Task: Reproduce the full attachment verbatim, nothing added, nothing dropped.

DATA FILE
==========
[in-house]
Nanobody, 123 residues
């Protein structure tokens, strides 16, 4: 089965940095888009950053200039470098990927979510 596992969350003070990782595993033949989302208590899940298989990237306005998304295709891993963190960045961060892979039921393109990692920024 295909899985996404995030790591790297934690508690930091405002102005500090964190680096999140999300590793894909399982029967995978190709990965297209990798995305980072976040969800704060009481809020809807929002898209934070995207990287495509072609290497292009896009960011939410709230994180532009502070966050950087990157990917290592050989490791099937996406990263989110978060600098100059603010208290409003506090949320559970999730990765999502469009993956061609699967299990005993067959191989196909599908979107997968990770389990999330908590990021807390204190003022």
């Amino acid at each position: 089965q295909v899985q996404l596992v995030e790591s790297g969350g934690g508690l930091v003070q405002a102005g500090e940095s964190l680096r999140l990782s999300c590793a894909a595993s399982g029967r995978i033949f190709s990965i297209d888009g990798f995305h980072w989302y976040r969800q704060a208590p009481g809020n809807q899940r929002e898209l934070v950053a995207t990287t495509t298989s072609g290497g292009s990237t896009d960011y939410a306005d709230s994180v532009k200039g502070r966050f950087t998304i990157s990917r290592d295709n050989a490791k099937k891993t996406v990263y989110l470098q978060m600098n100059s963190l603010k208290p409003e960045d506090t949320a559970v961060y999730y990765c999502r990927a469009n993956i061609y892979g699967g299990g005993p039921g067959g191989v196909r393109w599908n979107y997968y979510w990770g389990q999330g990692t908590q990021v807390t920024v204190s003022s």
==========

[in-house]
Nanobody, 123 residues
């Protein structure tokens, strides 16, 4: 089965940095888009950053200039470098990927979510 596992969350003070990782595993033949989302208590899940298989990237306005998304295709891993963190960045961060892979039921393109990692920024 295909899985996404995030790591790297934690508690930091405002102005500090964190680096999140999300590793894909399982029967995978190709990965297209990798995305980072976040969800704060009481809020809807929002898209934070995207990287495509072609290497292009896009960011939410709230994180532009502070966050950087990157990917290592050989490791099937996406990263989110978060600098100059603010208290409003506090949320559970999730990765999502469009993956061609699967299990005993067959191989196909599908979107997968990770389990999330908590990021807390204190003022």
């Amino acid at each position: 089965q295909v899985q996404l596992v995030e790591s790297g969350g934690g508690l930091v003070q405002a102005g500090e940095s964190l680096r999140l990782s999300c590793a894909a595993s399982g029967r995978i033949f190709s990965i297209d888009g990798f995305h980072w989302y976040r969800q704060a208590p009481g809020n809807q899940r929002e898209l934070v950053a995207t990287t495509t298989s072609g290497g292009s990237t896009d960011y939410a306005d709230s994180v532009k200039g502070r966050f950087t998304i990157s990917r290592d295709n050989a490791k099937k891993t996406v990263y989110l470098q978060m600098n100059s963190l603010k208290p409003e960045d506090t949320a559970v961060y999730y990765c999502r990927a469009n993956i061609y892979g699967g299990g005993p039921g067959g191989v196909r393109w599908n979107y997968y979510w990770g389990q999330g990692t908590q990021v807390t920024v204190s003022s």